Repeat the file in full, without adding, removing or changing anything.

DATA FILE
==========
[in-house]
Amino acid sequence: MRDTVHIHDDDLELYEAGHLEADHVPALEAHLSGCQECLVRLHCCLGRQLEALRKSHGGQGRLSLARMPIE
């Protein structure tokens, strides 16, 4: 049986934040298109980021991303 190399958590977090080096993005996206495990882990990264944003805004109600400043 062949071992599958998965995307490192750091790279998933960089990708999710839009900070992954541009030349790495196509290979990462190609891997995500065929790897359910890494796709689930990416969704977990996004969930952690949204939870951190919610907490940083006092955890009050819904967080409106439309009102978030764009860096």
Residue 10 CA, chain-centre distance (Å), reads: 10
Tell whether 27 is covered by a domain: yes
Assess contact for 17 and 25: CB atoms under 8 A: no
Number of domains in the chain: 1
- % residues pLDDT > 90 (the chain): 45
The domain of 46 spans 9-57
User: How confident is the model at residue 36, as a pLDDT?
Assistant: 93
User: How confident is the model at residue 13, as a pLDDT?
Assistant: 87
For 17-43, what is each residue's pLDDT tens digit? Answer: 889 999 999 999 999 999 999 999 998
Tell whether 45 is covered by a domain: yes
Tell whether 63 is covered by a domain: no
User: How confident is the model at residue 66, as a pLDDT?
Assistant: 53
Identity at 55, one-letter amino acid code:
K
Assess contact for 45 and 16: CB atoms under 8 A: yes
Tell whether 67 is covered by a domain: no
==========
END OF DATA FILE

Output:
[in-house]
Amino acid sequence: MRDTVHIHDDDLELYEAGHLEADHVPALEAHLSGCQECLVRLHCCLGRQLEALRKSHGGQGRLSLARMPIE
């Protein structure tokens, strides 16, 4: 049986934040298109980021991303 190399958590977090080096993005996206495990882990990264944003805004109600400043 062949071992599958998965995307490192750091790279998933960089990708999710839009900070992954541009030349790495196509290979990462190609891997995500065929790897359910890494796709689930990416969704977990996004969930952690949204939870951190919610907490940083006092955890009050819904967080409106439309009102978030764009860096």
Residue 10 CA, chain-centre distance (Å), reads: 10
Tell whether 27 is covered by a domain: yes
Assess contact for 17 and 25: CB atoms under 8 A: no
Number of domains in the chain: 1
- % residues pLDDT > 90 (the chain): 45
The domain of 46 spans 9-57
User: How confident is the model at residue 36, as a pLDDT?
Assistant: 93
User: How confident is the model at residue 13, as a pLDDT?
Assistant: 87
For 17-43, what is each residue's pLDDT tens digit? Answer: 889 999 999 999 999 999 999 999 998
Tell whether 45 is covered by a domain: yes
Tell whether 63 is covered by a domain: no
User: How confident is the model at residue 66, as a pLDDT?
Assistant: 53
Identity at 55, one-letter amino acid code:
K
Assess contact for 45 and 16: CB atoms under 8 A: yes
Tell whether 67 is covered by a domain: no